Korean language support and other Far Eastern Questions

From: Sarasvati (root)
Date: Tue Apr 25 2000 - 15:43:11 EDT


I am forwarding on behalf of Mary Ink, a post that got side-tracked
this morning.

        -- Sarasvati

>From: "mary ink" <maryink@hotmail.com>
To: unicode@unicode.org
Subject: Korean language support and other Far Eastern Questions
Date: Tue, 25 Apr 2000 19:26:04 GMT

Doing research, as you might infer, on how Unicode handles Korean in the
technical sense and how Unicode has handled the Far Eastern languages in a
political sense. Any facts or views welcome.

Why are some 11,171 places allocated to Hangul Syllables when the language
system is made up of only 19 consonants (ja-um) and 21 single and combined
vowels (mo-um)? If the syllables could be made up from their constituent
parts they wouldn't require double bytes, no?

Hangul letters are arranged in combinations of left to right and top to
bottom depending on the shape and orientation of the vowel. Each arrangement
of letters composes a syllable. So that syllables remain in proportion to
each other, the shape and size of the letters within the syllable are
modified. How do character display systems and coding standards such as
Unicode handle these non-linear letter combinations and relative changes in
letter shape?

How do the Hangul Compatibility Jamo characters 12592-12687 needed for
compatibility with KSC 5601 encoding relate to the Hangul Syllables

Olle Jarnefors explained in "A short overview of ISO/IEC 10646 and Unicode"
http://www.nada.kth.se/i18n/ucs/unicode-iso10646-oview.html (1996) that
"ISO/IEC 10646 and Unicode removes some assumptions of the made about plain
text, which simplifies implementations but are untenable in multilingual
text and monolingual text in some languages Characters cannot be identified
with glyphs. Different graphic forms to be used in different situations are
needed for some characters, e.g. Arabic letters". I find these statements
impenetrable. Does he mean that Unicode considers the character
independently of its appearance and therefore is capable of handling text
elements that change in appearance relative to position as they do in some
languages including Korean? Or does he mean the opposite?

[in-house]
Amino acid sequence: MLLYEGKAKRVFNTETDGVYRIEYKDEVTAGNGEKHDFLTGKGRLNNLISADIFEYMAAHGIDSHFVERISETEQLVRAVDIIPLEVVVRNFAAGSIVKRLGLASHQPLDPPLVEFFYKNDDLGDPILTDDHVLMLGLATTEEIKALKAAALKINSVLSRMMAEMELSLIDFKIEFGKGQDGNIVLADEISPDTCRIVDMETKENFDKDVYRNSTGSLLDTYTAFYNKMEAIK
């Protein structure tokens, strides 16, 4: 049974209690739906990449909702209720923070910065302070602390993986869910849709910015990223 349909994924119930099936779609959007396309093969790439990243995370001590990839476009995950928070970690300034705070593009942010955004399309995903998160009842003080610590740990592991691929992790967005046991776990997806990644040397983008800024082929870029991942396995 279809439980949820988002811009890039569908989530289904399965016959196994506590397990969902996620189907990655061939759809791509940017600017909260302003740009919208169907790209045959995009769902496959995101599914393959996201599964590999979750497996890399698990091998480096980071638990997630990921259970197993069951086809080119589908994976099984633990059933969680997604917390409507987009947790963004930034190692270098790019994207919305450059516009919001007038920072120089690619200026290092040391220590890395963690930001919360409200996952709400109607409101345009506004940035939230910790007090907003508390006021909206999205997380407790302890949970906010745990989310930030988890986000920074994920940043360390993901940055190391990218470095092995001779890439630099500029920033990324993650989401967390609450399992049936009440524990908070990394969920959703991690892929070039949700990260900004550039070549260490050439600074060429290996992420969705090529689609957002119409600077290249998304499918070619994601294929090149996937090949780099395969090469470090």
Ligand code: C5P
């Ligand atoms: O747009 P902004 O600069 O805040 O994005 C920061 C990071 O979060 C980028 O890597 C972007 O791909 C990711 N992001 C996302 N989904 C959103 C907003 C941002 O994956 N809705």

I understand that Unicode supports multidirectional text and overlapping or
composite characters. Can it then handle the special multidirectional and
composite character of the Hangul writing system?

How international is the Unicode consortium? Lists of member companies I`ve
seen are predominantly American. Has this had any bearing on how character
codes have been standardized?

How have national encoding standards been incorporated into Unicode and ISO
UCS standards?

Why and how was Unicode developed separately from ISO UCS standards and then
agreed upon later? How do the 2 standards differ?

There seems to be a privileging of ASCII characters in UTF-8 in that they
require fewer bits at the expense of "less common" characters. Has there
been any discussion about what seems to be an inequitable compromise?

As a letter-based system with relatively few discreet symbols, Hangul is
very easy to input using a keyboard. I understand, however, that the Han
ideographs depend on clunky composition methods using the keyboard to make
sound approximations of the character in question, which in turn display a
choice of characters to select from (source: Elliotte Rusty Harold's XML
Bible). Are there alternative ways to compose these characters with a
keyboard based on root forms and strokes, the way they are listed in
ideograph dictionaries? I realise this is complicated but there must be a
way around the problem. Does the Unicode consortium concern itself with
input technology?

I have read that Japanese programmers initially criticized UCS
standardization. I also recall a great deal of furor in Korea over their
homegrown word processing software, HWP, being buried by MS Word. What if
any resistance has there been to Unicode and ISO UCS standardization,
particularly among the language groups it is intended to better serve, and
how has this been resolved? Has there been national resistance to the
concept of "unified Han characters"? The character differences seem subtle
when considered scientifically but surely unifying the language codes of
such antagonistic groups as Japan, North Korea, South Korea, China and
Taiwan has been politically volatile.

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